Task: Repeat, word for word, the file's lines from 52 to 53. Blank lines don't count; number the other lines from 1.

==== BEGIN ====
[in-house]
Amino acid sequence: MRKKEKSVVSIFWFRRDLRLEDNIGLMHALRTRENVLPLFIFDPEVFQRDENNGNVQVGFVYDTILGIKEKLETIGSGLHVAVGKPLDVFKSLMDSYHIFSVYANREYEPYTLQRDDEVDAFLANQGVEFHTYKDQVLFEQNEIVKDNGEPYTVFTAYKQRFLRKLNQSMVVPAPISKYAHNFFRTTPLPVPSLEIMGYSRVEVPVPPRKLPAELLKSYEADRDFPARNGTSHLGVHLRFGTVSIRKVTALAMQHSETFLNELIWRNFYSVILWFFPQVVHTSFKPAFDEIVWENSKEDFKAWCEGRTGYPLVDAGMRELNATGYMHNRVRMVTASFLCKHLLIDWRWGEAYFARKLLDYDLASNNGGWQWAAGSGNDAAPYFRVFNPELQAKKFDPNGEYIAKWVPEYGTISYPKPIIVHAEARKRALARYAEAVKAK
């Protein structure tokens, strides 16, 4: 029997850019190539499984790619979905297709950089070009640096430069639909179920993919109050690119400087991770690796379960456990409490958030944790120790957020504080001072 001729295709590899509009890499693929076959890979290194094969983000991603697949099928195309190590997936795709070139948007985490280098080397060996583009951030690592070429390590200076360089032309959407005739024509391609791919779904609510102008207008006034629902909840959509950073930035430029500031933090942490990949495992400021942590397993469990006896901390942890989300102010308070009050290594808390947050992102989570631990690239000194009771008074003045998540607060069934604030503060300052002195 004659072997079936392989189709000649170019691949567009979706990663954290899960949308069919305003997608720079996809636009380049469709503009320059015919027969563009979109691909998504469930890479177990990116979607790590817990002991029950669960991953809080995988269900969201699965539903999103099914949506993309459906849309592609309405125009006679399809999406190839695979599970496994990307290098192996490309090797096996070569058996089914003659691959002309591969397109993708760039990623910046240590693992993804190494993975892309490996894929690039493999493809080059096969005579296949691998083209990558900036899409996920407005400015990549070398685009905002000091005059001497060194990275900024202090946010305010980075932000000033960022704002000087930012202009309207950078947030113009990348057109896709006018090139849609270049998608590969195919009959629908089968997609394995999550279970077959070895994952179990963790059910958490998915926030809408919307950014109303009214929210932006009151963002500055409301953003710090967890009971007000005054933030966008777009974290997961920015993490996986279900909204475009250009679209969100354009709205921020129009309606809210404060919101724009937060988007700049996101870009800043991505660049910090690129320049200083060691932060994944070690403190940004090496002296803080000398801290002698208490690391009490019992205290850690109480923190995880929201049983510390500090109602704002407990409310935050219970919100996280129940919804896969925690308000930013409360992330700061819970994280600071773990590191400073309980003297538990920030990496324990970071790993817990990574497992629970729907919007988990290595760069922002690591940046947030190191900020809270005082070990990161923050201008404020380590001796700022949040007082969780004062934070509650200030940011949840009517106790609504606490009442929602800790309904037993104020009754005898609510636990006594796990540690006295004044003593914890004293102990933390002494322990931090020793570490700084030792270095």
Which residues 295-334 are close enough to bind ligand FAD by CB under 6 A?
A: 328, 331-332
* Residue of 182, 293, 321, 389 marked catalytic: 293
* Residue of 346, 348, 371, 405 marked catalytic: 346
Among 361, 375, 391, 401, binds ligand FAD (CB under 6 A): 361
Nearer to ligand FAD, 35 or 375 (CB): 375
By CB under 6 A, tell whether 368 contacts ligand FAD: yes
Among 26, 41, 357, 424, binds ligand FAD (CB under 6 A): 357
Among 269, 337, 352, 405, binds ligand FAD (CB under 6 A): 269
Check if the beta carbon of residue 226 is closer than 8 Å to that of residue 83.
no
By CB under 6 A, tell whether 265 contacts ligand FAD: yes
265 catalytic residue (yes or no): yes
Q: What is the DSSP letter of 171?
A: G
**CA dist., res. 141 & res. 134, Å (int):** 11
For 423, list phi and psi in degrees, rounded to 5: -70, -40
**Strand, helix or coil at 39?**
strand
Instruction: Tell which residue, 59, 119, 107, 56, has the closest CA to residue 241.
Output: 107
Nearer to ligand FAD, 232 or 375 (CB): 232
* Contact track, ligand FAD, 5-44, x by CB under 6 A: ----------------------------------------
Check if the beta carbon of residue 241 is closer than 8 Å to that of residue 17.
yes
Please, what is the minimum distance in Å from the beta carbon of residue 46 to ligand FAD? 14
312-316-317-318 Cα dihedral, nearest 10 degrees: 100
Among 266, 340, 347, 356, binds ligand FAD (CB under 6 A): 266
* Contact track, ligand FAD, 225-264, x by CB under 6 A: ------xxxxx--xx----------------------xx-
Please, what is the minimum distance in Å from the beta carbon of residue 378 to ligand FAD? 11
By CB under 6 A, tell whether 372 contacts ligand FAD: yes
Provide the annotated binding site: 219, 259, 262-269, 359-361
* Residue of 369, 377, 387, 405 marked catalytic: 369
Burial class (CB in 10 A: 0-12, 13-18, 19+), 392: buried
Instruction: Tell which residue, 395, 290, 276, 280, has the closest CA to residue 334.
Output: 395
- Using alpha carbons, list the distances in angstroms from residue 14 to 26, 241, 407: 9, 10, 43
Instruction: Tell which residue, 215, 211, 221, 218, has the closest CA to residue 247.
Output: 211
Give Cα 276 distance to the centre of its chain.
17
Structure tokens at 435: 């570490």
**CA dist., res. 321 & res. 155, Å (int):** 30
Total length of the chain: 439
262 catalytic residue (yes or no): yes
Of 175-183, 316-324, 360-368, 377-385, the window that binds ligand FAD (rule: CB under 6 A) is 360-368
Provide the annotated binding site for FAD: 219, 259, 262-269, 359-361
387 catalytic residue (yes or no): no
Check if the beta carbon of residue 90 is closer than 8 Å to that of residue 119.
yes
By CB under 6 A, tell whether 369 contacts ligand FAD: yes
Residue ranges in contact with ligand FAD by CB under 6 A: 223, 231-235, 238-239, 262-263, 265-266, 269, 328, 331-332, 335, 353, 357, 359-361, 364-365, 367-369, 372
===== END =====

Check if the beta carbon of residue 90 is closer than 8 Å to that of residue 119.
yes